Manuel Y. Ferrer
Manuel Y. Ferrer was regarded during his lifetime as one of the United States' finest virtuoso guitarists. He was born in San Antonio, Baja California Sur (Mexico) of Spanish parents. As a young man he left his native town, travelling by stage coach to Santa Barbara, in Alta California. He met a priest at mission Santa Barbara, a skilled guitarist, who gave him advanced instructions. Ferrer trained diligently, with the heightened enthusiasm that would gradually established his reputation in the musical world. In 1850 he moved to San Francisco, where his public debut took place at a guitar concert in the Metropolitan Theatre on September 18, 1854. On November 22 of the following year, he performed with pianist Gustave A. Scott and harpist William McKorkell at the Music Hall.
Ferrer taught guitar and performed in San Francisco for fifty years. His wife Jesusita de Vivar was also a musician, as were three of his ten children: Adele (guitar), Carmelita (mandolin), and Ricardo (violin). The family toured in the east in 1891, where they performed at the White House and the Vanderbilt mansion in New York. His public appearances as a guitar soloist, and also as a member of a guitar quartet, were very frequent in the San Francisco Bay Area.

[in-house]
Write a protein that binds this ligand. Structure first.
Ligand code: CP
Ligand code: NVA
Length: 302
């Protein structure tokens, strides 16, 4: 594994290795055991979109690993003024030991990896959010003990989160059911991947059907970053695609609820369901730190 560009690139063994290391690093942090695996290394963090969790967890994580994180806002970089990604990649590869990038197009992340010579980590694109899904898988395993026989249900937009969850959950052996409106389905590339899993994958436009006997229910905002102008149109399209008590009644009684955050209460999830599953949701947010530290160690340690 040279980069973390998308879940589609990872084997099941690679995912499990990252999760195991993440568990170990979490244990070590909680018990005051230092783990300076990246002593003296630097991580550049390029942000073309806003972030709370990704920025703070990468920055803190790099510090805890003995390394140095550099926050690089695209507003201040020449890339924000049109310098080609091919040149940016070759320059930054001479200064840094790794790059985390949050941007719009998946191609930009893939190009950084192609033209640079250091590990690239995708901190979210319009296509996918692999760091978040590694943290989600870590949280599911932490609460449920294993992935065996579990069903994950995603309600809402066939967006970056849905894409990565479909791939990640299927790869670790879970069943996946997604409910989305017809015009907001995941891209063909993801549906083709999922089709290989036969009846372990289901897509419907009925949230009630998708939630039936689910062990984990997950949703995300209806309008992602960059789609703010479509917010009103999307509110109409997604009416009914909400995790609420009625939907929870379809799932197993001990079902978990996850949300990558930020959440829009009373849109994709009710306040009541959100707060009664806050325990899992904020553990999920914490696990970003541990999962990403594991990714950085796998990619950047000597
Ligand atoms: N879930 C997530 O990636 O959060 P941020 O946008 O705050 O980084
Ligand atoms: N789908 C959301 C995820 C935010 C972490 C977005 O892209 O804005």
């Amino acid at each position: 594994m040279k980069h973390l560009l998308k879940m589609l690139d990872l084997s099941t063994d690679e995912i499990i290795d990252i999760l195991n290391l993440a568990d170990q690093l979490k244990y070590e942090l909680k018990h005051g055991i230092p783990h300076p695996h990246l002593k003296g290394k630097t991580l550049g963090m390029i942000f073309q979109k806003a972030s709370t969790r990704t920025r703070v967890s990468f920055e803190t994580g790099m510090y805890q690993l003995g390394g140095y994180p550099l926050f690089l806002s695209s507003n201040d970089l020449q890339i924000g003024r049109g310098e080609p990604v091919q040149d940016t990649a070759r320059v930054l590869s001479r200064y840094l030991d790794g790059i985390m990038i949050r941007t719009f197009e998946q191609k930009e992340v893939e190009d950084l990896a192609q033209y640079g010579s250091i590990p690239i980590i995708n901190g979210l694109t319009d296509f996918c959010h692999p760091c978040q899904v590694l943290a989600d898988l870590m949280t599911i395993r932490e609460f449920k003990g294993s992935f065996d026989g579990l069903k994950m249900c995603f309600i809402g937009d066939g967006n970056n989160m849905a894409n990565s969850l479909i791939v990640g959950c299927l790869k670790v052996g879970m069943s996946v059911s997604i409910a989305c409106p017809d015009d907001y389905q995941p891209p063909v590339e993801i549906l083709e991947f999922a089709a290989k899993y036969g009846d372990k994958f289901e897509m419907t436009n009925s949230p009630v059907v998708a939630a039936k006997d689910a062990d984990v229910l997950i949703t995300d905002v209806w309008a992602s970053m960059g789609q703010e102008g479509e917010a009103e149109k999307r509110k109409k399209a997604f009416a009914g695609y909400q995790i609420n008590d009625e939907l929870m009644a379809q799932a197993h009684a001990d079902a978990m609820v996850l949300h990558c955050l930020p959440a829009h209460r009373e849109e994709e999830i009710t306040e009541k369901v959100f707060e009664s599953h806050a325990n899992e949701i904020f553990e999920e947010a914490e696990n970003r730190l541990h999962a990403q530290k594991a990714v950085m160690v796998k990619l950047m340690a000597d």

For several years he was conductor of the mandolin band, El Mandolinita. The music performed by this orchestra was solely Ferrer’s compositions and arrangements. He published numerous pieces for guitar solo, but many of his works remained in manuscript. He taught the guitar up to the time of his death, which occurred very suddenly on June 1, 1904. He had gone from his home in Oakland to San Francisco to teach, and gave several lessons, when he was suddenly taken ill, and went to the home of his daughter. Later he was removed to hospital, where he died the same day, his third wife surviving him for several years.
Philip J.Bone: The Guitar & Mandoline: Biographies of Celebrated Players and Composers, London:Schott & Co.LTD. First edition 1914, second enlarged 1954, reprint of second edition with new preface, 1972. Mary Kay Duggan: The California Sheet Music Project, Berkeley, California. http://www.sims.berkeley.edu/~mkduggan/music.html